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[17] In the tropics, alternating regions with positive and negative anomalies are observed in the tropics in both QBO phases and correspond well with the regions of positive and negative vertical wind shear observed in Figure 2. The latitudinal width of the cells seems to increase with height, from 10°S to 10°N in the stratosphere to 15°S to 15°N in the lower mesosphere. The largest anomalies reach values up to 1.5 K in QBO/W and 2 K in QBO/E in the stratosphere while larger maximum values are observed in the lower mesosphere (2 K in the QBO/W and 3 K in the QBO/E). As in the U′ anomalies, the descending of the anomalies from early to late winter is well reproduced in both phases. In the lower mesosphere, the largest significant signal occurs in ND, decreases in DJ and almost disappears in JF.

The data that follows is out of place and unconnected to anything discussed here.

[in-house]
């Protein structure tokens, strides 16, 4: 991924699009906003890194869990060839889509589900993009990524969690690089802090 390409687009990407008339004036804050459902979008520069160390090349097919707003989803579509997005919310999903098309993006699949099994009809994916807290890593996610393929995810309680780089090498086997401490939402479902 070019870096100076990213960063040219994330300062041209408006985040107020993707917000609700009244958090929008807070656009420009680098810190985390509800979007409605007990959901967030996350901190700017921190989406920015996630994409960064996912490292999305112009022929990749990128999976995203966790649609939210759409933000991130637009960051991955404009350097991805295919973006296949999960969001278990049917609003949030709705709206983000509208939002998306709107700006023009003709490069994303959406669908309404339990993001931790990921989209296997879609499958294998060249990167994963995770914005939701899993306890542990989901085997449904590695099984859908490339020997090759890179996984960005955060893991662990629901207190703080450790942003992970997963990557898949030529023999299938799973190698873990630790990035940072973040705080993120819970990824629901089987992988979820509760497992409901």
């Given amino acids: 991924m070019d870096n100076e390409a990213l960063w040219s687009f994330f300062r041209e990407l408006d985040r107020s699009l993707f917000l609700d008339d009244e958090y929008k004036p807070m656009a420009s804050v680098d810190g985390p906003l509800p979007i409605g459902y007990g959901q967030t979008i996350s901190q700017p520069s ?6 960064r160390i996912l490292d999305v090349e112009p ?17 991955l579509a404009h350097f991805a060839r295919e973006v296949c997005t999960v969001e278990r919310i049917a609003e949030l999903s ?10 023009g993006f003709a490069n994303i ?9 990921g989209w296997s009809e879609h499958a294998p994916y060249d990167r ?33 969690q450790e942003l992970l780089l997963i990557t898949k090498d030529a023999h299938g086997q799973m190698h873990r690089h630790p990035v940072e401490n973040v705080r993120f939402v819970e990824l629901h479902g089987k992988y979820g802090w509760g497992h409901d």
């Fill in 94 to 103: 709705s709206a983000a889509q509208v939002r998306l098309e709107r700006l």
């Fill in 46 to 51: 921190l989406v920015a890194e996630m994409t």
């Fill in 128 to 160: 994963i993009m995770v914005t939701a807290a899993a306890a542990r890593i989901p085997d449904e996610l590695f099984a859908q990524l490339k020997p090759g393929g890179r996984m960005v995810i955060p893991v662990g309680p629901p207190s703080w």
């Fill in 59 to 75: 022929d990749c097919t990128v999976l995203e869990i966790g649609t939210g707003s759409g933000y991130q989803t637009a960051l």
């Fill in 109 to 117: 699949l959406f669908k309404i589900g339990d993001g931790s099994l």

[18] The anomalies observed in the equatorial region have their counterpart anomalies in the subtropics in the Northern Hemisphere, resulting from the secondary circulation of the QBO that extends northward in this season. The QBO signature shows again significant regions with alternating negative and positive signs up to the lower mesosphere in ND and up to the stratopause in JF. Hence, at 40°N, the vertical profile of temperature anomalies is dominated by these major signals of opposite sign, which have here much larger vertical scales than the QBO jets at the equator. The out-of-phase behavior in the tropical region is a robust feature of the QBO signature and the model results are in good agreement with those from UKMO stratospheric assimilation data [Randel et al., 1999] and NCEP-NCAR reanalysis studies from 200 to 10 hPa [Ribera et al., 2004].